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US Gas Natural Gas Hits 3-Week Low As Mild Weather Weighs

May 10th, 2011

NEW YORK (Dow Jones) – Natural gas futures fell Monday for a sixth consecutive session, ending at three-week lows as market participants bet that mild weather in the coming weeks would curb demand for the heating and power-plant fuel.

Natural gas for June delivery settled 8.1 cents, or 1.9%, lower, at $4.154 a million British thermal units on the New York Mercantile Exchange, the lowest ending price since April 18.

Warmer-than-normal temperatures this week in the Southeast are expected to boost demand for gas-fired power to run air conditioning, but the heat is seen giving way to milder seasonal weather across major U.S. gas-consuming markets for much of May.

The benchmark contract on Friday ended at its lowest level in more than two weeks, as the mild spring weather was seen cutting demand. Futures were also under pressure from steep losses in crude oil and other commodities and sank
9.5% on the week.

The declines spurred some buying early Monday, as did the forecasts for an uptick in demand to power air conditioning in the U.S. south, but the milder weather outlook and the anticipated return of idled nuclear plants to service pressured the market to losses on the day.

Futures had drawn support in recent weeks from a larger-than-normal amount of outages at nuclear power plants, but those plants are expected to return to service this month. Gas-fired power stations are frequently called upon to pick
up the slack when nuclear plants go offline.

The market remains pressured by the view that the market will remain well supplied during spring’s dip in gas use.

“Gas still looks bearish,” said John Woods, a trader with JJ Woods Associates. “You have some room to move down here.”

The Energy Information Administration reported Thursday that 72 billion cubic feet of natural gas was added to storage during the week ended April 29, more than estimates for a 67-bcf gain in a Dow Jones Newswires survey.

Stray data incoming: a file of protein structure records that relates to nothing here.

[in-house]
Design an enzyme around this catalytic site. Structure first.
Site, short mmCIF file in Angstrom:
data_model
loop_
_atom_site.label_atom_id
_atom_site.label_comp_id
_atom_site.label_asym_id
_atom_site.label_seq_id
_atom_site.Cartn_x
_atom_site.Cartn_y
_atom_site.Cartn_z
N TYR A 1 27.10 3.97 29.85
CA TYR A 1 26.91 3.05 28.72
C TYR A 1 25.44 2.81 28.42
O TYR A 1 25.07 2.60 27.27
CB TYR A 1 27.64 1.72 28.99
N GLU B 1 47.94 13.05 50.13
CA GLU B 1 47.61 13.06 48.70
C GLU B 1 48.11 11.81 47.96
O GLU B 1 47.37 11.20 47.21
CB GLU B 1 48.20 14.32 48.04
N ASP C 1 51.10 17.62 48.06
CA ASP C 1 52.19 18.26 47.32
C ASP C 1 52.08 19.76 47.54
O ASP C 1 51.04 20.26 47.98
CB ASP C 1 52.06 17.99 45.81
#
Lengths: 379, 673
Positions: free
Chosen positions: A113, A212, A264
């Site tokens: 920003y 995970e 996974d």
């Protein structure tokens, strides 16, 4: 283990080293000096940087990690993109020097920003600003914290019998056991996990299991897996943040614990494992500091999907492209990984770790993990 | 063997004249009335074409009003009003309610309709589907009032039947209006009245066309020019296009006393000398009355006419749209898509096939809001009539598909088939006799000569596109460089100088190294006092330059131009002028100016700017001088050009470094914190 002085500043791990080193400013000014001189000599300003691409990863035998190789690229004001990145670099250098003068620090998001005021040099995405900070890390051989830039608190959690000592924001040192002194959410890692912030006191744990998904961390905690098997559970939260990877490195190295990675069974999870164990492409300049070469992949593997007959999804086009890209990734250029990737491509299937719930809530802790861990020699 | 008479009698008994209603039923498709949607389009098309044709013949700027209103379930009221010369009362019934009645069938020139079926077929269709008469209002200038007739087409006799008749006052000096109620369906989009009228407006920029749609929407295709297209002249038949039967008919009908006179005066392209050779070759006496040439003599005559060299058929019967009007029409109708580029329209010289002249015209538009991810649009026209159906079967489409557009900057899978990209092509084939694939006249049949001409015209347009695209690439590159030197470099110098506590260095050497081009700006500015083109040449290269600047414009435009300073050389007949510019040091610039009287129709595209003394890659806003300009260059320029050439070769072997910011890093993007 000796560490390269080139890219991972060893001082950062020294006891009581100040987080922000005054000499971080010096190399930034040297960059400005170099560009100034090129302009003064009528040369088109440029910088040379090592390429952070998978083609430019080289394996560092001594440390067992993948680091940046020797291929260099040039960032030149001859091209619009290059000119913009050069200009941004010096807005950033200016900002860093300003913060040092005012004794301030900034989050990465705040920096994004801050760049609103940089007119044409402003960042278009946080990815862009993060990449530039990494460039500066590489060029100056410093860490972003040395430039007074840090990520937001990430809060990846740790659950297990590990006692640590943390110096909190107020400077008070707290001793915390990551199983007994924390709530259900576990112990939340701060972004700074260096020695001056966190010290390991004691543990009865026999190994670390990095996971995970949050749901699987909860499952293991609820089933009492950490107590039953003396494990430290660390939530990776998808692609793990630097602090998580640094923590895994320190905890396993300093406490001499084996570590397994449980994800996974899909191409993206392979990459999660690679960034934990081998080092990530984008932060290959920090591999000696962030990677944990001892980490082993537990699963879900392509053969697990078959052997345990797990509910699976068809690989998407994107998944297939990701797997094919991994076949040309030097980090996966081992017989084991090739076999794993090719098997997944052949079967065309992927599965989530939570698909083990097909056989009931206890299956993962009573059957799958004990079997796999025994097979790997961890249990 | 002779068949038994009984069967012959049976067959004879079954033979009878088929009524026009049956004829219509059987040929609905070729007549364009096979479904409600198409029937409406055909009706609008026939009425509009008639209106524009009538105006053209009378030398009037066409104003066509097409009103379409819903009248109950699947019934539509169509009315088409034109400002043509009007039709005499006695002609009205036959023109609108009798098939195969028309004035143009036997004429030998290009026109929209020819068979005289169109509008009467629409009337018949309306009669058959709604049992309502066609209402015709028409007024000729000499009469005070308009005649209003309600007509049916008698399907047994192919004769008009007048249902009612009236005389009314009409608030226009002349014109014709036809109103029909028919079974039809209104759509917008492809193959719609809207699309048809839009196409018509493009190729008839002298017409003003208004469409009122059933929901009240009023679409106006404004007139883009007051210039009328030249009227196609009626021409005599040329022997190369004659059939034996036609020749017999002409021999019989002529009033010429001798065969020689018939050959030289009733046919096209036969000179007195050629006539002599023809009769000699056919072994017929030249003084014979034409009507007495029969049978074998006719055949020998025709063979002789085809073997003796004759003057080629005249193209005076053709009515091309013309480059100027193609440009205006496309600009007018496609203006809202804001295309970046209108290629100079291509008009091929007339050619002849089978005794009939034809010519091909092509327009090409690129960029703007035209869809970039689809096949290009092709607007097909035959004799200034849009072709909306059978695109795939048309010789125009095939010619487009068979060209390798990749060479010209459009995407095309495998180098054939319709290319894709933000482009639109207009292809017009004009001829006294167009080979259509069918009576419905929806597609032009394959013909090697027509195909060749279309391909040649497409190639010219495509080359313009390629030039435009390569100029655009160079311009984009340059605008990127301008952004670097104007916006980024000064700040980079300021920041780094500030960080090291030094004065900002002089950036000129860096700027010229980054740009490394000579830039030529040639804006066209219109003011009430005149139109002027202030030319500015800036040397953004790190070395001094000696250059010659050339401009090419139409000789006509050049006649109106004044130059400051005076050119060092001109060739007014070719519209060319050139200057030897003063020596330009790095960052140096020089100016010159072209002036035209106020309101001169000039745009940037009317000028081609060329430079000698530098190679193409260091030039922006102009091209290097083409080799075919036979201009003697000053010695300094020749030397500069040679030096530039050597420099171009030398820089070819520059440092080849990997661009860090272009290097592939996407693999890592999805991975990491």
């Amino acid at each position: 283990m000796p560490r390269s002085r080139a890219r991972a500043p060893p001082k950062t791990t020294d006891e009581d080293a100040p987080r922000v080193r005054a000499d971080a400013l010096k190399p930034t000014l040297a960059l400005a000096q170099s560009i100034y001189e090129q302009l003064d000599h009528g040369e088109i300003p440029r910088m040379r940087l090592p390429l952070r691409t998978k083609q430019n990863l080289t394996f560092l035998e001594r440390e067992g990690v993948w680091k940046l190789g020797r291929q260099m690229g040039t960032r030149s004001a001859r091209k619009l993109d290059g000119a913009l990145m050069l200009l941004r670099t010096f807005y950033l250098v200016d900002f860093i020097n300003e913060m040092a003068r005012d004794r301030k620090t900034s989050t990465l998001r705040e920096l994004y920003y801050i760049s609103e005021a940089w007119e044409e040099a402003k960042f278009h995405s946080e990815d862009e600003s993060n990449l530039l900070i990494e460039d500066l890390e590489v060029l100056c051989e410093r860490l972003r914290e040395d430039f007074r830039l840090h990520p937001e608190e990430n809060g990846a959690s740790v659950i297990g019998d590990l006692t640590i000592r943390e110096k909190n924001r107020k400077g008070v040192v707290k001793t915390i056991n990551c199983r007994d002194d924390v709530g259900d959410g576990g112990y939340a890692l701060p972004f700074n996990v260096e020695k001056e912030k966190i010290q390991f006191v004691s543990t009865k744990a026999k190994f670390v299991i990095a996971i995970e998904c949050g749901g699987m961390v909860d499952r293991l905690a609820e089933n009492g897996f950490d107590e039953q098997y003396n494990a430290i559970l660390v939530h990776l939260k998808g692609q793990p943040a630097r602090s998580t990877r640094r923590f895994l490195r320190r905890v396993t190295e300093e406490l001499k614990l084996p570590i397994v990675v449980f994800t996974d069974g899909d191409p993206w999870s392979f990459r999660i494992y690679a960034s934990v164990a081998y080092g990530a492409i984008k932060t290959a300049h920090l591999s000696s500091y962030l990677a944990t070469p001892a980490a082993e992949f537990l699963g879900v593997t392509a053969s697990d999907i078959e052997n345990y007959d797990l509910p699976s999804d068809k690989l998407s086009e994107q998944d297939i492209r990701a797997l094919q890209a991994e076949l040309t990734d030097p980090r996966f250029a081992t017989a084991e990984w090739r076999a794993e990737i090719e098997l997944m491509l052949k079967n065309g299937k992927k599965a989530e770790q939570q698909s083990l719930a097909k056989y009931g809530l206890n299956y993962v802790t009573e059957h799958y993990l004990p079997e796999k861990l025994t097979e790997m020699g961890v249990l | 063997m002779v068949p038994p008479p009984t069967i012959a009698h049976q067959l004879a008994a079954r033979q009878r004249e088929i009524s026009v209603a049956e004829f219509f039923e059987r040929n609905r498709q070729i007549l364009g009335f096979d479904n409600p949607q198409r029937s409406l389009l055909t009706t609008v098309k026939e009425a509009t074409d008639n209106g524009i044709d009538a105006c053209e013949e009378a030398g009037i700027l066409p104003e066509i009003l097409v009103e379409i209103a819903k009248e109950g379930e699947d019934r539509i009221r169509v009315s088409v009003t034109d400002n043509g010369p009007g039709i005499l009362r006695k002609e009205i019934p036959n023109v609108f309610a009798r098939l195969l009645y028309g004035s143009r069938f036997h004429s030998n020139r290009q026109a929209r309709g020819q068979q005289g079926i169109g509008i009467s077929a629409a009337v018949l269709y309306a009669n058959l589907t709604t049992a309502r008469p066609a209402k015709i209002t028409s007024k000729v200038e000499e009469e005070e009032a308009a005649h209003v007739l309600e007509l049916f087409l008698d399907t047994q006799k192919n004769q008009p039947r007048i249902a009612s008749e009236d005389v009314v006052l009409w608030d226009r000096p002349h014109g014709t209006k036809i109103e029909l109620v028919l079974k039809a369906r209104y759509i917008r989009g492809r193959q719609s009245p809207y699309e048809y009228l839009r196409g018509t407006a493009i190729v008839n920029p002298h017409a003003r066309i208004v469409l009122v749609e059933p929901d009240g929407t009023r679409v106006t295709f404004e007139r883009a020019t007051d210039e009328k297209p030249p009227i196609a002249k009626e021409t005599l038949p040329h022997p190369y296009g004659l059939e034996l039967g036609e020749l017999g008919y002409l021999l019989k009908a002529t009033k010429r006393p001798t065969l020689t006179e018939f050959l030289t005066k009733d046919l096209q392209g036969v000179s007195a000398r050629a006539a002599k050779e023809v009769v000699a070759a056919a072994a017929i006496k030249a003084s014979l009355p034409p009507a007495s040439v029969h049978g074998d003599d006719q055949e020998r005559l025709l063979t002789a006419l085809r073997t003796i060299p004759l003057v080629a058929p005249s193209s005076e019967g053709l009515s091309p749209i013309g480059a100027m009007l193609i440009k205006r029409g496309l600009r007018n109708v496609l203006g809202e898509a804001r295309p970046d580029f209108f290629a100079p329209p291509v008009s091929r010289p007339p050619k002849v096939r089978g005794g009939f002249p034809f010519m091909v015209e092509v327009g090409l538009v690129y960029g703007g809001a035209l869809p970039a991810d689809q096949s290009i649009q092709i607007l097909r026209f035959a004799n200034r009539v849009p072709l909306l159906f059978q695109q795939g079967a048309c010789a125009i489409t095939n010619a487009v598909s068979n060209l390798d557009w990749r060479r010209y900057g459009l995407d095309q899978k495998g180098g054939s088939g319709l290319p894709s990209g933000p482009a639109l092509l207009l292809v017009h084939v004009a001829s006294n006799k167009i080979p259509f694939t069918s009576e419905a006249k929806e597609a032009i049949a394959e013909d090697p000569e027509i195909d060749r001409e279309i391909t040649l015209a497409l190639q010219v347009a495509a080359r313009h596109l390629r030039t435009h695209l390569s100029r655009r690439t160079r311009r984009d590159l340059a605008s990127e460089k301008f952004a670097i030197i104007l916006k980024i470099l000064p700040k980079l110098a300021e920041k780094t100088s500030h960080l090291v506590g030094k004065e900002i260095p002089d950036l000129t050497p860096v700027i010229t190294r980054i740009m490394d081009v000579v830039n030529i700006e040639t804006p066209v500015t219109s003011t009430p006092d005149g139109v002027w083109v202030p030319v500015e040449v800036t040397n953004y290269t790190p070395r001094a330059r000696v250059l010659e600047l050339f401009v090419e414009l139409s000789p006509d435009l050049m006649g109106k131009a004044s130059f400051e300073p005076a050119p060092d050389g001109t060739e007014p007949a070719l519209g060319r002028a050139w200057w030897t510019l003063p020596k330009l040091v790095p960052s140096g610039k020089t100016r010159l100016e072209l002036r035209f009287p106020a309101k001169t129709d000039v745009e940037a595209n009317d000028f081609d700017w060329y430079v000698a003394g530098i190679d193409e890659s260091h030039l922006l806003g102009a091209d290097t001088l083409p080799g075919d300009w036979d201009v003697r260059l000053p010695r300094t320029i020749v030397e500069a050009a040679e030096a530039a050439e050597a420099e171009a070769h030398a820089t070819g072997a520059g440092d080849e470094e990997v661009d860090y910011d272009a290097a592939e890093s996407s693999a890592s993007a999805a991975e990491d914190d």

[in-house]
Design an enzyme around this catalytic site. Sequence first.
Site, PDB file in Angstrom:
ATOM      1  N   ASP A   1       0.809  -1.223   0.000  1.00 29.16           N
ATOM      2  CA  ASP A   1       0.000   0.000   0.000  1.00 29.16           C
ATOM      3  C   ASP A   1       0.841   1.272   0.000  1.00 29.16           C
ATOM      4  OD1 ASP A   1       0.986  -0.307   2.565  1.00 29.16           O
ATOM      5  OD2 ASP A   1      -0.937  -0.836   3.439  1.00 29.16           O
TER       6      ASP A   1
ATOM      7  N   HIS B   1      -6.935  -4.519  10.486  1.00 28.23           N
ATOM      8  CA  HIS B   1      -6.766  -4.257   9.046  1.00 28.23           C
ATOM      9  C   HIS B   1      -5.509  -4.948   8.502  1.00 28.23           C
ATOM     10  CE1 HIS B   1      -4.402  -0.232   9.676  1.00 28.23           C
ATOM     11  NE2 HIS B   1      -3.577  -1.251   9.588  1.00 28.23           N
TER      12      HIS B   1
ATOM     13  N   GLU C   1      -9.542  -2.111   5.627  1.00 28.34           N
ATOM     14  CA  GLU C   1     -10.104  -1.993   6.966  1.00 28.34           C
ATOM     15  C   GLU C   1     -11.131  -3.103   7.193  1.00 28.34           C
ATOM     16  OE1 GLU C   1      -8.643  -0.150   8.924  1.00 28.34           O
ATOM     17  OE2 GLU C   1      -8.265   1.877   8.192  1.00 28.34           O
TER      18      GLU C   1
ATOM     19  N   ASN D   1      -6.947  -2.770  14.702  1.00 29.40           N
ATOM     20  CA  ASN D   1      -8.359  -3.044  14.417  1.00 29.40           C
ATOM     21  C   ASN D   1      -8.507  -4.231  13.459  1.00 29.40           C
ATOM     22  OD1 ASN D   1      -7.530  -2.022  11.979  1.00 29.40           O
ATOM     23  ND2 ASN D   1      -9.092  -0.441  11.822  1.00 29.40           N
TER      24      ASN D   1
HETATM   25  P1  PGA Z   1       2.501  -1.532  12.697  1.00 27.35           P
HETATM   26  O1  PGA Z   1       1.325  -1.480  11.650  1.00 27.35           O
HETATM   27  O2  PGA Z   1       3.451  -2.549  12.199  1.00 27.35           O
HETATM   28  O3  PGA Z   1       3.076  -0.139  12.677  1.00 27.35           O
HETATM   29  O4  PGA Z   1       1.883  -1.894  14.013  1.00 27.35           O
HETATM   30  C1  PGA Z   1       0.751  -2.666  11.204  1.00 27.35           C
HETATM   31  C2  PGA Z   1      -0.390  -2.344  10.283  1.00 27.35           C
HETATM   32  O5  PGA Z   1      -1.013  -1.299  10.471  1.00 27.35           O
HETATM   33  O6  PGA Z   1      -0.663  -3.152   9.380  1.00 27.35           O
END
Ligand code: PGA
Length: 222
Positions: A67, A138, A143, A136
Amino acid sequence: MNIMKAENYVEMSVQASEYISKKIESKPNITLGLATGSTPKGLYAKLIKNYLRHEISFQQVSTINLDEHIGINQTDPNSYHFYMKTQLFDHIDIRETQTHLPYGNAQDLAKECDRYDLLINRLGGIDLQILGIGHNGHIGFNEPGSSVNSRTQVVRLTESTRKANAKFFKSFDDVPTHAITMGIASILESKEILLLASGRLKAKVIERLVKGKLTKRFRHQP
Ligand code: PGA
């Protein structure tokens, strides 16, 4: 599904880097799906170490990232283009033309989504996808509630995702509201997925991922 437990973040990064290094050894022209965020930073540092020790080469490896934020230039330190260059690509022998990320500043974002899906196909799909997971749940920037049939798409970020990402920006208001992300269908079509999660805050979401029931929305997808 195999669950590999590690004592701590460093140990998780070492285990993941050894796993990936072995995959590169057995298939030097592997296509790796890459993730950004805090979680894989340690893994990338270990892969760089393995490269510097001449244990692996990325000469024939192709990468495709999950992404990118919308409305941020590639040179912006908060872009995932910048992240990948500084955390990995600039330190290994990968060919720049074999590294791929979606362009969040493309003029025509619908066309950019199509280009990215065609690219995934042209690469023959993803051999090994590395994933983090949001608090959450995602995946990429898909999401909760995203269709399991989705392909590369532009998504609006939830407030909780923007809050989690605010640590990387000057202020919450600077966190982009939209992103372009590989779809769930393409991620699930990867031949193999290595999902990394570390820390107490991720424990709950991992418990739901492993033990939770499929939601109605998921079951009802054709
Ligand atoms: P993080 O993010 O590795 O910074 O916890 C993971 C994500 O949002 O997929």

Inventories on the week stood at 1.757 trillion cubic feet, 1% below the five-year average, and 11.4% below 2010 levels, but still a comfortable level of supply with robust production expected to continue.

The number of rigs drilling for natural gas in the U.S. rose by eight last week, to 890, Baker Hughes Inc. (BHI) said, the second consecutive week of gains.

“Gas drilling activity has remained stubbornly high over the past several months,” analysts with Canaccord Genuity said Monday in a client note, “with [about] 30 net rigs coming out of the field since the start of the year despite a lackluster gas price environment.”

FUTURES                            SETTLEMENT                              NET CHANGE
Nymex June                             $4.154                                             -8.1c
Nymex July                              $4.216                                             -8.1c
Nymex Aug                              $4.261                                             -8.1c

CASH HUB                              RANGE                                PREVIOUS DAY
Henry Hub                           $4.17-$4.29                                 $4.18-$4.32
Transco 65                          $4.24-$4.29                                 $4.25-$4.28
Tex East M3                        $4.46-$4.56                                 $4.47-$4.55
Transco Z6                          $4.50-$4.61                                 $4.47-$4.64
SoCal                                   $4.20-$4.30                                 $4.16-$4.23
El Paso Perm                      $4.08-$4.17                                  $4.05-$4.08
El Paso SJ                           $4.01-$4.10                                   $3.94-$4.01
Waha                                  $4.12-$4.23                                    $4.12-$4.18
Katy                                    $4.16-$4.24                                    $4.20-$4.28

_____

By Matt Day

Energy Facts

Energy Facts

Natural gas can be used as a raw material in a variety of products, including paint, fertilizer, plastics and medicines.

Natural gas produces fewer emissions than other fossil fuels, with less nitrogen, sulfur, carbon and fine particulates.

Texas produces the largest amount of natural gas in the USA.

The biggest consumer of coal in the US is the electric power sector.

There are 17,658 electric utility generators in the USA.
 

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